• Avasi
  • cameroon sheep
  • Radum
  • Scottish blackface
  • New Hampshire
  • horn of dorset
  • sheep
  • southern sheep
  • Montadelle
  • Herdwick
  • Harry
  • romanov sheep
  • Corrydale
  • sheep
  • rye field
  • Raqqa
  • royal white
  • Wiltipole
  • Treasure
  • Meat Master
  • Kupworth
  • Wiltshire Horn
  • Jacob sheep
  • Katahdin sheep
  • Uda sheep
  • Najdi sheep
  • columbian sheep
  • shetland sheep
  • Assaf sheep
  • Ronke
  • Karakul sheep
  • Pelibier
  • Rambouillet sheep
  • australian white sheep
  • chevrolet sheep
  • Marco Polo sheep
  • icelandic sheep
  • barbados black belly
  • border leicester
  • sheep
  • charolais sheep
  • romney sheep
  • East Frisian sheep
  • blue face leicester
  • swaledale sheep
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appearance and behavior

little sheep portrait
Sheep are thick-hoofed mammals with four legs, thick bodies and short tails.

©iStock.com/Matthäus Rojek

These animals are thick-hoofed mammals with four legs, thick trunks and short tails. Sheep are artiodactyls, which means their hooves are neatly spaced down the middle. All of these animals are covered with thick hair supported by a soft woolly undercoat.

Domestic sheep are bred to be particularly fluffy, but wild sheep are often rounder in size and better suited to mountain environments.

Both wild and domestic sheep have horns, but wild species tend to have more impressive spiral-shaped horns. As with most species, rams almost always have larger horns than ewes. Some domestic sheep are bred to be completely hornless.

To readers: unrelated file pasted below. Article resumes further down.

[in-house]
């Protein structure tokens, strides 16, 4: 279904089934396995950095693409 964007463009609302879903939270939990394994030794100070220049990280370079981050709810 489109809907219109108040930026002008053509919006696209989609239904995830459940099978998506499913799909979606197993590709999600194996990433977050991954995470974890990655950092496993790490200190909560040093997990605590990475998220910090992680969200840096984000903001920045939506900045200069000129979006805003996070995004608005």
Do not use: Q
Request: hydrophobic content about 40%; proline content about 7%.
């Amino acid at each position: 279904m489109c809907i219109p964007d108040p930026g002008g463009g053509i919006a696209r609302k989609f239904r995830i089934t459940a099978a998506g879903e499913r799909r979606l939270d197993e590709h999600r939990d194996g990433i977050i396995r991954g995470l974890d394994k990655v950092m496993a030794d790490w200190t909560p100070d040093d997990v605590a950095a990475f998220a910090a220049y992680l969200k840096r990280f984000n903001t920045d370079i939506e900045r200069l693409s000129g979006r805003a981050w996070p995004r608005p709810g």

These animals are shorter than other ungulates. Most domestic sheep are about 4-5 feet long and stand about 2-4 feet tall. Males can weigh 100-350 pounds, while females tend to stop growing at 220 pounds. They are known for their fluffy fleece, which often makes them appear larger than they really are, and impressive

These animals live in groups and are almost never separated from other members of the group. A stray sheep can be very distressed and bleat loudly until the flock or human caretaker is found. Within their flock, they have a strong sense of family.

If you observe a large group, you may notice the animal hanging out with their siblings, parents and grandparents. When the flock leader moves to another pasture, the rest of the flock will follow; this is why these animals are such a popular livestock choice.

sheep and goats

The goat's scientific name is Capra aegagrus hircus .

© Jesus Keller/Shutterstock.com

The goat's scientific name is Capra aegagrus hircus . Sheep and goats are easily confused from a distance. However, if you've ever come into contact with any of these animals, you'll quickly notice the differences between these two members of the Caprinae family.

  • Face: Goats usually have whiskers, but domestic sheep and most wild sheep do not. Goats also always have horns; unlike sheep, the bases of goat horns usually point straight up.
  • Diet: Sheep are herbivores, slowly grazing on grass and weeds throughout the pasture. Goats, by contrast, are browsers that pluck leaves from one plant before moving on to the next.
  • Behavior: Sheep live in flocks and are easy to follow. Goats live in herds and are very social animals, but they have individual characteristics that are immediately apparent to anyone who interacts with them.


Domesticated sheep have lived alongside humans for thousands of years. Thanks to their thick wool coats, they can adapt to almost any climate. All they need is shelter, water, and large pastures where they can graze. Due to the need for pasture, domestic sheep are generally raised in places with large land areas such as foothills and plains.